The National Journal takes an extensive look at Hillsborough, a Bush-Obama County.
The article also cites our blog:
Hillsborough’s makeup had been changing. David Dent, an associate journalism professor at New York University, has launched a website dedicated to counties like Hillsborough that voted for Bush in 2000 and 2004 but went for Obama in 2008. Nationwide, 272 counties fit the BushObamaAmerica.com profile. Although some similarities with nationwide averages on race and income can be drawn when all of the counties’ populations are grouped together, the makeup of the individual counties varies widely. Some are home to growing minority populations; others are overwhelmingly white.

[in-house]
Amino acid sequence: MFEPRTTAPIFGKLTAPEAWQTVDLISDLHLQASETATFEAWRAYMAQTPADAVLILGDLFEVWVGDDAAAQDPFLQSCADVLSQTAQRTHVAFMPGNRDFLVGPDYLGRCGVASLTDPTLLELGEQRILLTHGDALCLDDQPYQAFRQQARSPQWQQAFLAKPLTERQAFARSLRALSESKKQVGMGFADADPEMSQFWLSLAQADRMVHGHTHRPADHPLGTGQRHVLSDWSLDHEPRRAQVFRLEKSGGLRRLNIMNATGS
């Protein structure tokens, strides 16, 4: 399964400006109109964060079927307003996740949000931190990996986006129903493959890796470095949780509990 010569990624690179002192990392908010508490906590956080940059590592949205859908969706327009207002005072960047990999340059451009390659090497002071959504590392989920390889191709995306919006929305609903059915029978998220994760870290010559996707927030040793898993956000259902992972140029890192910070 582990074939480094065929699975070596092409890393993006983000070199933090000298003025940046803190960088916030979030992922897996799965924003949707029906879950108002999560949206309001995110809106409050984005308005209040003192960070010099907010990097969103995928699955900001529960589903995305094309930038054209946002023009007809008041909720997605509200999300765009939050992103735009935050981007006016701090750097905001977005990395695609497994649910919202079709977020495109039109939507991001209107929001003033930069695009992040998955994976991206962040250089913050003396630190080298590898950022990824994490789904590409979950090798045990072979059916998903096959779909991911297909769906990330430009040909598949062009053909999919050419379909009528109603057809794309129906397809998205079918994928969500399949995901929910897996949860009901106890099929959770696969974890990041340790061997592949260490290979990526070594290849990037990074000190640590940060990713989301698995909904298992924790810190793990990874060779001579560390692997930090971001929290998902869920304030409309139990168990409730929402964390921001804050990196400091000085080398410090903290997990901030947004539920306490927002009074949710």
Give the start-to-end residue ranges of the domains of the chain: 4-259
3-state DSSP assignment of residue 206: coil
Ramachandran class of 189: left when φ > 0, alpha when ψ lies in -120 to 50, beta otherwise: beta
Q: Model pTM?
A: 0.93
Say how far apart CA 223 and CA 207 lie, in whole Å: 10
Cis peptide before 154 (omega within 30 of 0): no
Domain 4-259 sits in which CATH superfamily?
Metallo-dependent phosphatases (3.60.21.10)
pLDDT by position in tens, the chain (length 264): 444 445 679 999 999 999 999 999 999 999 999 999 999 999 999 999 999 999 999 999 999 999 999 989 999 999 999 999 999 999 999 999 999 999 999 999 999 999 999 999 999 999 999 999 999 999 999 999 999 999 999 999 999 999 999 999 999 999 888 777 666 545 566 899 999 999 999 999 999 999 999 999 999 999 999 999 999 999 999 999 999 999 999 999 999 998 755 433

“Hillsborough is clearly one of the BushObama counties where a tilt in diversity helped produce the win, and the question is whether those ingredients are still ripe enough, given the current economic climate,” Dent said.
How closely divided is Hillsborough? Of the 1.95 million votes cast in presidential elections since 1992, Republican nominees won only about 14,000 more than Democratic nominees. Another nugget dug up by [Steve] Schale, the Democratic strategist: The outcome in the Tampa Bay market has run within 2 percentage points of the statewide result in every presidential election since 1992.
Overall, the article presents a fascinating look at what its author suggests may be the most important county in the 2012 presidential election. The importance of winning there has not been lost on the Republicans, who plan to hold their national convention in Tampa, Hillsborough’s central city. As Florida’s only Bush-Obama County, Hillsborough is doubtless an important place to watch as the race moves forward.